But, a person can also get fined a $150.00 for using abusive or insulting language. @#$% that. Just kidding. I’ve limited the amount of time I spend listening to the news and so have really cut down on my cussing. I’ll be fine.

The Guide explains that

You cannot disturb any other person or interfere with their enjoyment of the park at any time of the day or night.

I am on board with this. I want my parks quiet and discrimination free, and a prohibition against rowdyism pushes, I hope, in that direction.

Milo as GSD ambassador to Big Hill Springs Provincial Park

My sister, Ondrea, took Milo and me hiking at Big Hill Springs Provincial Park, which is just outside of Calgary, Alberta. You can learn more about the park by checking out her blog, Walking Calgary.

A gnarled stick with green moss on it.

After spending the entire summer with Milo, I’ve come to appreciate a pretty stick!

It’s always good to have a local guide, and even better when that guide is Ondrea! As you might guess from the name of the park, it has a big hill and a spring. Ondrea started us out on a steep ascent. This was smart because we got the difficult climbing out of the way right off the bat. Of course, Milo is always a big help on the uphill sections of hikes. I give him a little “hup, hup” and he gladly returns to the days of his leash pulling youth. This makes those steep grades easier for me and has the added benefit of pooping him out just a wee bit more.

As you might expect of a place this close to Calgary, there were quite a few people on the trail. Early in the hike, we passed a woman who froze, clearly terrified, when she laid eyes on Milo. I did what I always do on a narrow path or sidewalk. Milo and I took two steps off the trail and I put him in a sit-stay. As this poor woman slipped by, I made sure she could see that the leash was short and I stood between her and Milo.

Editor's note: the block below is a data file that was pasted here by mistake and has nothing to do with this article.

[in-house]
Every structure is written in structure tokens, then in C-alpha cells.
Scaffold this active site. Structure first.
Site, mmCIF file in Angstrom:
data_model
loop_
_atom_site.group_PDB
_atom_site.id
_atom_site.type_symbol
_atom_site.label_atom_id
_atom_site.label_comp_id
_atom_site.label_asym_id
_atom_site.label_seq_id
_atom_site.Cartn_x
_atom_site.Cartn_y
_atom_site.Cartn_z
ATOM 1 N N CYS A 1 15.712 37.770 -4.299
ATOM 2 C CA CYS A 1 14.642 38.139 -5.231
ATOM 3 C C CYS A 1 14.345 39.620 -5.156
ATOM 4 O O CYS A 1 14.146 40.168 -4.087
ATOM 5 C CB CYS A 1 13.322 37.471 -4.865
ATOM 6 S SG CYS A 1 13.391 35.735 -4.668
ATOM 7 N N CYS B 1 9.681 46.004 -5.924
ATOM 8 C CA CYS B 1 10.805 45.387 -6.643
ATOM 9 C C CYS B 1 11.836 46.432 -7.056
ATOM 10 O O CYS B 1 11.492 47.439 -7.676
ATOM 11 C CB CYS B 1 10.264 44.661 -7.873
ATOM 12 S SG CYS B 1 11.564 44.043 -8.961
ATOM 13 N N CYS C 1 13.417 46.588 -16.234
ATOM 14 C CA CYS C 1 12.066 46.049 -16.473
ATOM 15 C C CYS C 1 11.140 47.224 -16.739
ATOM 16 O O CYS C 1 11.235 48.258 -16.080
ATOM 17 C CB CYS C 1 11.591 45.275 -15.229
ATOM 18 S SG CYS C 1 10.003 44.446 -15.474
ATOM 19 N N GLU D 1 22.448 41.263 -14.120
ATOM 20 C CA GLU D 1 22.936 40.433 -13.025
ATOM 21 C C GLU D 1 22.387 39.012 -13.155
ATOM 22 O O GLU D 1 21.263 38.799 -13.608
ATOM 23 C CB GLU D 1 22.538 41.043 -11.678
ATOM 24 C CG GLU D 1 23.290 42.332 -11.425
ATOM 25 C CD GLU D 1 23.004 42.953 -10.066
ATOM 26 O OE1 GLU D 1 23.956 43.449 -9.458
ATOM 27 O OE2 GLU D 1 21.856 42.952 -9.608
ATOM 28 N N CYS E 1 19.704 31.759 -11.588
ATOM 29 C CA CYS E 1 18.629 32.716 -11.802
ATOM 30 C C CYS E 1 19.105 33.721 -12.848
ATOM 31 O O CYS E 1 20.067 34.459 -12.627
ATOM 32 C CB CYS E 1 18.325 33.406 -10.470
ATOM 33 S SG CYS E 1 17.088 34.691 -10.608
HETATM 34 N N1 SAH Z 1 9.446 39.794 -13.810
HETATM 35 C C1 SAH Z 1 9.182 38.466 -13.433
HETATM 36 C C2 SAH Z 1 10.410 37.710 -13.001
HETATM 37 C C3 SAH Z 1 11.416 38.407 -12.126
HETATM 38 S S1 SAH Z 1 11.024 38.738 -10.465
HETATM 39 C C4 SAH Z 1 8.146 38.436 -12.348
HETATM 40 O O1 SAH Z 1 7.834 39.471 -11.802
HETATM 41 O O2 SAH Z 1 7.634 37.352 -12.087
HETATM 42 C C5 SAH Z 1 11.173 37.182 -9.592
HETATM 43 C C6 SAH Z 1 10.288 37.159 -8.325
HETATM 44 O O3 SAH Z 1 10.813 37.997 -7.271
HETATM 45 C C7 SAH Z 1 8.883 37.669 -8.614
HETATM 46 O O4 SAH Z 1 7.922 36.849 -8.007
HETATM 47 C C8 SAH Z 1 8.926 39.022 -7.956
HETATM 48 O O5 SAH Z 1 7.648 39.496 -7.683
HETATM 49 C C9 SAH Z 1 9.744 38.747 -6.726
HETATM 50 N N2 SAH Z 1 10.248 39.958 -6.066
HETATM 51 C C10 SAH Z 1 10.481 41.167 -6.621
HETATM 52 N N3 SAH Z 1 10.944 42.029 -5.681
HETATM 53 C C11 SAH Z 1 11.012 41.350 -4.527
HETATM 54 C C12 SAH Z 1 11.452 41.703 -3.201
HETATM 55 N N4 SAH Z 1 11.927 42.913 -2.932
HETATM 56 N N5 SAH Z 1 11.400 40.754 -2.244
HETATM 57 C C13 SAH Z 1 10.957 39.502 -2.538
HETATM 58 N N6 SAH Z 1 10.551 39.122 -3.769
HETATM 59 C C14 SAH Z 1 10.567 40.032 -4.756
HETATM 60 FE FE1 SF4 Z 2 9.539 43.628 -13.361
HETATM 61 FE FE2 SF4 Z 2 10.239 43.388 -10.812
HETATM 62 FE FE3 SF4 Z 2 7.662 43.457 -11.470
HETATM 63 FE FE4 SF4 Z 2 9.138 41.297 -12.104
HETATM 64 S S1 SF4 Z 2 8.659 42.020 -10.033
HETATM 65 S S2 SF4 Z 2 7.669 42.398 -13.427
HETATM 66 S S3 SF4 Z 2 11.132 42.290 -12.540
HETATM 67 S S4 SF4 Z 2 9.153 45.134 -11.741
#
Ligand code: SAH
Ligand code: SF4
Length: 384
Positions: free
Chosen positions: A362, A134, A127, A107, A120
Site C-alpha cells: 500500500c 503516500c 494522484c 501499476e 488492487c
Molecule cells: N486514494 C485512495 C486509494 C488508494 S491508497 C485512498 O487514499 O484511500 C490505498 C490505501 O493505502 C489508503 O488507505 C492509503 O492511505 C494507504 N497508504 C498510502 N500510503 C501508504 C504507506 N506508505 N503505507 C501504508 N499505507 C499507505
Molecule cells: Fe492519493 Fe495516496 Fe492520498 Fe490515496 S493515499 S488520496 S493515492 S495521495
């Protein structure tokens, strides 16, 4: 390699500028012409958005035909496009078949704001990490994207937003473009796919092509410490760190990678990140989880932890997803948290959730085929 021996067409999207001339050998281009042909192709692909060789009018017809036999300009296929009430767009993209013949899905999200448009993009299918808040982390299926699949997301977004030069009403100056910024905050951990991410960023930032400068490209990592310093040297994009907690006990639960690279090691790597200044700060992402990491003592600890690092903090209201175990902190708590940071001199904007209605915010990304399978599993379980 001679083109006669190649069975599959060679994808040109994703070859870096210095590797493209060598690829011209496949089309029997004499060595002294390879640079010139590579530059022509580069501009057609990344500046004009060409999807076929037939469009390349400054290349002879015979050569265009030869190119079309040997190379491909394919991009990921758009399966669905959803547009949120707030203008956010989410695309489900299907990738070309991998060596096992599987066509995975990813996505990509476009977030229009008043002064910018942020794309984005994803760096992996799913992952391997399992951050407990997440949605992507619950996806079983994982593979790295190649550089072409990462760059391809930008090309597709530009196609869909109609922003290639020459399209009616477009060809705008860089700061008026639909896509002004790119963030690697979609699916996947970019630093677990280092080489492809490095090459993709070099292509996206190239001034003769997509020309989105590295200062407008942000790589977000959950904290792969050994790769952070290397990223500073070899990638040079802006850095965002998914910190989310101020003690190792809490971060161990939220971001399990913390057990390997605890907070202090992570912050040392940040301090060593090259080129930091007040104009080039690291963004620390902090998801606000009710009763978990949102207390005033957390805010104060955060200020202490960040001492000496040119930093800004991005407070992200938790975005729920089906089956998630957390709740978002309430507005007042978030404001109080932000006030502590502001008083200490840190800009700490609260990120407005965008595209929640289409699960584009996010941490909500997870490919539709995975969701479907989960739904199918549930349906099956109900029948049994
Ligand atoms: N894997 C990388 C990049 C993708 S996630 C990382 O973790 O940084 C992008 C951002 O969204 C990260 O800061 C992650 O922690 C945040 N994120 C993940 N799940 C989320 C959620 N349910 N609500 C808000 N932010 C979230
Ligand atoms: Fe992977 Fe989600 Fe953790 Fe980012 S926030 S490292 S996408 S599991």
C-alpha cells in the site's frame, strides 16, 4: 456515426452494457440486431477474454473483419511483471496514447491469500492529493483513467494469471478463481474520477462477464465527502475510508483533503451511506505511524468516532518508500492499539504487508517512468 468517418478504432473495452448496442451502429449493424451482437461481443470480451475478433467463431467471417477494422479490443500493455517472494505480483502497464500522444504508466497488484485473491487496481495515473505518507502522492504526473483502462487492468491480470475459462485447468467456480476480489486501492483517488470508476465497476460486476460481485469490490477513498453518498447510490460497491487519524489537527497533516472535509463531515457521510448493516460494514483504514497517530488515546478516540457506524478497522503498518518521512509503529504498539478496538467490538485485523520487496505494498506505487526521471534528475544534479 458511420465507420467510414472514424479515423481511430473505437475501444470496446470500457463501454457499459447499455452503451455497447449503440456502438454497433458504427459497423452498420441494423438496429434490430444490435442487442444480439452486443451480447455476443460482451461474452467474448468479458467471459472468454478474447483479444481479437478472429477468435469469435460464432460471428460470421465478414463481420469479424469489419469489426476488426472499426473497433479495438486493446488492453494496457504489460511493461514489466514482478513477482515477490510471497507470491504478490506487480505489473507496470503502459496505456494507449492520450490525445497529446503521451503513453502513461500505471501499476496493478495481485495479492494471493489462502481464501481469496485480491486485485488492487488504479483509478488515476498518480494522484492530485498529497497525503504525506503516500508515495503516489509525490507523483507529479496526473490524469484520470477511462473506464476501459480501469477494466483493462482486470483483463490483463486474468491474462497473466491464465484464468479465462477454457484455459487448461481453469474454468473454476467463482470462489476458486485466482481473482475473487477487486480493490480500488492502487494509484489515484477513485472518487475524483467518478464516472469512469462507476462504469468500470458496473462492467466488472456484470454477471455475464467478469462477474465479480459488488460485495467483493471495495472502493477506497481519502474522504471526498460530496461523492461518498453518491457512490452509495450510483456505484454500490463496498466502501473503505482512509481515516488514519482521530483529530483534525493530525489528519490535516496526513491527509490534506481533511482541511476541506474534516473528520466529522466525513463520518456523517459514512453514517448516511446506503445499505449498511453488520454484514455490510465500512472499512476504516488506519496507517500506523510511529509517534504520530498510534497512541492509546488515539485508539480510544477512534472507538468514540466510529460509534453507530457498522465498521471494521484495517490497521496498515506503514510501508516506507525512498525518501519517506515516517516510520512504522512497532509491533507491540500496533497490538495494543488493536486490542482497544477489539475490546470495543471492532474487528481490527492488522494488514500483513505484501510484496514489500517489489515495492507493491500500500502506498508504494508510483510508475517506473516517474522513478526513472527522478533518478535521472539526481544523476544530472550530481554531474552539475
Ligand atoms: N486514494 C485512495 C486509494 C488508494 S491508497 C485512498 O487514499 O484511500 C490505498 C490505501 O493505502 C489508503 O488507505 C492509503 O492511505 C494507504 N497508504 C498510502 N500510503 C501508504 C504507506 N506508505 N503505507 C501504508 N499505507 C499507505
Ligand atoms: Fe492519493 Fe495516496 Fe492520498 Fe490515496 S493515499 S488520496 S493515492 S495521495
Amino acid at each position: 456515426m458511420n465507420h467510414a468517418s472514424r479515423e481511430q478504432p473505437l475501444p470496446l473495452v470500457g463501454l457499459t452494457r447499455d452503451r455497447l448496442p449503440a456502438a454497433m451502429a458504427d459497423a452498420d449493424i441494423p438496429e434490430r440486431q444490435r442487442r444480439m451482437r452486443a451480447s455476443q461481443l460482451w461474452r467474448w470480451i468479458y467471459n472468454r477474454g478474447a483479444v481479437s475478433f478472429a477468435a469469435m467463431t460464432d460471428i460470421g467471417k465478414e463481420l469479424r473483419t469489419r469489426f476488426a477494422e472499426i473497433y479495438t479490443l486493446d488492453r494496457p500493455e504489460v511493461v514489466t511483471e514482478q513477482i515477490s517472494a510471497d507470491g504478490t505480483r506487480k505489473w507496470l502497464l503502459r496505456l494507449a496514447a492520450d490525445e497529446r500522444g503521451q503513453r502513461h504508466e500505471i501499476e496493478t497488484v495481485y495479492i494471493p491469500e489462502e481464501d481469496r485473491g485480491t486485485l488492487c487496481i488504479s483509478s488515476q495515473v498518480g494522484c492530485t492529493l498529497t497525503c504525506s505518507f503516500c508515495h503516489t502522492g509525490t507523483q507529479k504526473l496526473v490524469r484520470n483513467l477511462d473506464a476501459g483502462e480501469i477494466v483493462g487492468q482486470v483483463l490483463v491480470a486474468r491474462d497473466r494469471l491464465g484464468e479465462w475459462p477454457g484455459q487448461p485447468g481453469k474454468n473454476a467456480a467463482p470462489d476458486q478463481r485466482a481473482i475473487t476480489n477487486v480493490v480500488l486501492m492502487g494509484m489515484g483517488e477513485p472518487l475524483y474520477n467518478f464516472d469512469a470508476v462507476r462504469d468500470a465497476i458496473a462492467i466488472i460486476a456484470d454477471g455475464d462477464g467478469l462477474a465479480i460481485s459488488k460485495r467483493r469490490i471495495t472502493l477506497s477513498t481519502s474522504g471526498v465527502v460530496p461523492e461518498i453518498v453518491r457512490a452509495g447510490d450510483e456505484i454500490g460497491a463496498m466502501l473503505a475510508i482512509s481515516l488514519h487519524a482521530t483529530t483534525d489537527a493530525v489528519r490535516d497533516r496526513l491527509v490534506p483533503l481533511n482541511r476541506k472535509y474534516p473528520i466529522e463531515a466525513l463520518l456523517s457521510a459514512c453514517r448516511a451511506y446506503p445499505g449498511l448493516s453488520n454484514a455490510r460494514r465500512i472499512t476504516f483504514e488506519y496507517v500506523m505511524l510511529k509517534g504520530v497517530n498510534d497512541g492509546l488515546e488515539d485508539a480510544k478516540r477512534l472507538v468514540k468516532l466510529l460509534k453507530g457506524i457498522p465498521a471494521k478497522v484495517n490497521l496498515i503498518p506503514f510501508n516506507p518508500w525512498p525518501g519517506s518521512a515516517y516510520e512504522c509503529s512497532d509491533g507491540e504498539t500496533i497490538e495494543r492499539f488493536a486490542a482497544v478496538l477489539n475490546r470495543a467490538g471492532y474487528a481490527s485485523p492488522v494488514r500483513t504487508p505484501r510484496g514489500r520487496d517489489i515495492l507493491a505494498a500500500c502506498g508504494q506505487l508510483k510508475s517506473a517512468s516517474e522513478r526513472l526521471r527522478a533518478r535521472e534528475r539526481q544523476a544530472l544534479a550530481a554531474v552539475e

school picBeing Canadian, and a woman, I apologized to Ondrea for making her wait for the 20 seconds it took to complete this manoeuver.

All she said, “I appreciate how considerate you are of how other people may react to him.”

That was a kind thing to say.

Even though Milo is the apple of my eye, I know that he is big and strong and can look scary. I also know that there are some irresponsible breeders who produced dogs with nervous and unstable temperaments, and that some German Shepherd guardians never learn to properly handle these powerful dogs. As a result, there are circles in which this breed has a bad reputation. I work hard to help people see that German Shepherds can be great dogs.

Every time Milo is polite, like he was on this hike, it is a win for German Shepherds in general. I try to help him be a first-rate ambassador for the breed.

When Ondrea noticed this, it made my day. And that good feeling stayed with me for the rest of our hike.

big hill springs

Big Hill Springs is full of pretty little waterfalls.

The tail end of the hike was wonderful. Ondrea ushered us along a gentle descent graced by a series of little waterfalls. The stream and the falls are fed by cold, clear spring water and we often stopped, watched, and listened to the water cascading alongside us as we walked down the hill.

If you get the chance, I recommend taking a couple of hours to check out Big Hill Springs.

It is lovely.

Our first Rally trial: Wish us luck!

Crazy Tails Canine Services is hosting a Canadian Association of Rally Obedience trial later this month in Saskatoon, Saskatchewan and Milo and I will be in it!  It will be our first trial.

headshot of a black and tan German shepherd with bright amber eyes and a big smile

Hey guys, I’m going to a CARO trial!